★ ★ ★ ★
The brimming buckets
she carried to the pigs,
the stains on her torn apron.
How she bathed her little sisters
and boiled great sweating pots of sauerkraut.
(Silesia on the map: a rag
of Germany and Poland.)
My grandmother, who later said
her parents hated her,
her birth had come too soon after
their hasty marriage.
At sixteen she was sent
to an uncle in New York.
His hands in the dark: the reason
I do not know his name.
In Ohio she found Albert,
a daughter, a daughter,
a house. It’s different when
the garden is your own.
Some kind of love nourished her son,
some German romance
with her third child and only boy.
Her tenderness, her schizophrenia,
the pickles, the bread, the knife,
the straitjacket, electroconvulsions,
the prayers, the jealous rants,
and after Albert died the suitcases,
the hospital rooms, the months
with her children’s families.
I could call my body Edith.
She travels my arteries, blurts secrets.
The time that Grandma woke me
in the dark when I was one,
sat me on our yellow-tiled counter,
finger to lips, heated
a forbidden bottle.
A complicity of warm milk,
moist early-morning skin, subversion
She is loose in me, I take
a pill to pacify insomnia,
I choose the tenderness and not
the jealousy, but she rages
her rejection through my muscles,
grinding teeth. I am her peasant
granddaughter, abused, failing
I hold her
in that deepest hollow, the murk
born in me, shifting and still,
the viscera, the strange sufficiency.
The hands that wanted
November 8, 2016
It was the boil, the freeze,
the shutting of doors.
The day flapped like a filthy banner
on the line of our life.
It swung and tied knots.
It was the freeze, the gray,
the eruption of infection.
The day opened and closed its mouth
again and again.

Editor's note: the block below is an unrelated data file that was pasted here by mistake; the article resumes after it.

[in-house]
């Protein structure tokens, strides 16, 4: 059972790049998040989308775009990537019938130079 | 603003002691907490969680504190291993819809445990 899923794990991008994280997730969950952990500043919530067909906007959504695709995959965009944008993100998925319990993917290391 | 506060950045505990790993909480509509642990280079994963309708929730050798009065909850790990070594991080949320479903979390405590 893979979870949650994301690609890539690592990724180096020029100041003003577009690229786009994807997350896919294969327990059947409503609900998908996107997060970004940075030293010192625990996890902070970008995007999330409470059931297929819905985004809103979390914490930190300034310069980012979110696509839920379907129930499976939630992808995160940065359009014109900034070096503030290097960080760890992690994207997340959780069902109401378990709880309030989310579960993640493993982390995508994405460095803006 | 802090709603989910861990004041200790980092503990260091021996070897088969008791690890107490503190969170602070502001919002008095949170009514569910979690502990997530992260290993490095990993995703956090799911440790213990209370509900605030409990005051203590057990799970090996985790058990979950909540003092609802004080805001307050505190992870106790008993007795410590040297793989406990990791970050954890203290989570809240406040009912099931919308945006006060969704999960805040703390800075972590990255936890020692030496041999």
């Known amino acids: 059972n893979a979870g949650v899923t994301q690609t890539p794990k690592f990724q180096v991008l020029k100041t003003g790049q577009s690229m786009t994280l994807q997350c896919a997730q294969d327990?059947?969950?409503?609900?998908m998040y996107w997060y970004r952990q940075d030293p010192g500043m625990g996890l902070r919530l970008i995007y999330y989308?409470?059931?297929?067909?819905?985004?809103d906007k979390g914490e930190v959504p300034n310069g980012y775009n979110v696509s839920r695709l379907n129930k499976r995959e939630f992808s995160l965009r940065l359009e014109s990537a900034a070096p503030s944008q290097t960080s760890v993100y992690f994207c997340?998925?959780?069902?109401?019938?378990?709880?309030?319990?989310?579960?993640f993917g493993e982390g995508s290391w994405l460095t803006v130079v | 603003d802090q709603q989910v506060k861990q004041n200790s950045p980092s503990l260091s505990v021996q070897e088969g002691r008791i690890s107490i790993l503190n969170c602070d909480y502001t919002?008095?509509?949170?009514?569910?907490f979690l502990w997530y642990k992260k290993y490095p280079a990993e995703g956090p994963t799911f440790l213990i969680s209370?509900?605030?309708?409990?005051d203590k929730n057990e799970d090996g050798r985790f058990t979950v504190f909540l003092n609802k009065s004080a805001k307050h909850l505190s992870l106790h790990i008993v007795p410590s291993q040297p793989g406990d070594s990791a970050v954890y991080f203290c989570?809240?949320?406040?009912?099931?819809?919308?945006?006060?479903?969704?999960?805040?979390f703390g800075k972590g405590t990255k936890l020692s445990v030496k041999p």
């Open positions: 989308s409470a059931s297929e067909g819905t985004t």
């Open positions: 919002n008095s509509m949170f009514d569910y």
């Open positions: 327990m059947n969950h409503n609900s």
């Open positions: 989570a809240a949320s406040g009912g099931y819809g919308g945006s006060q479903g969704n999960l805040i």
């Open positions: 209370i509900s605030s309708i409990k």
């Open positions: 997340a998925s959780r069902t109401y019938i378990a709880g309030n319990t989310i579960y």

We were in some kind of current,
our cities like warships.
The smothering farmland,
It was the boil, the day
flapped in helplessness,
the casual violation,
the people’s terrified snarl.
We all wanted a blooming field,
a shelter. It was the failure,
the bricked up, the slammed.
We wanted a target,
we boiled and froze,
we thought we were choosing
but it was the familiar net
tightening in its familiar way
and some of us were comforted.
Ruth Goring’s poetry collections are Soap Is Political (Glass Lyre, 2015) and Yellow Doors (WordFarm, 2003); her children’s picture book Adriana’s Angels / Los ángeles de Adriana is due out in fall 2017 (Sparkhouse). Ruth’s poems have appeared, or will soon, in RHINO, New Madrid, Crab Orchard Review, Iron Horse Literary Review, Aeolian Harp 3, CALYX, and the anthology Misrepresented People: Poetic Responses to Trump’s America (NYQ Books). She edits books at the University of Chicago Press and teaches an editing course at the Graham School for Continuing Liberal and Professional Studies.
I am grateful for the opportunity to read two such compellingly different pieces by one amazing poet.
Hello Sally! I didn’t get notified of this comment back when you posted it. Thank you so much! You are always a generous reader.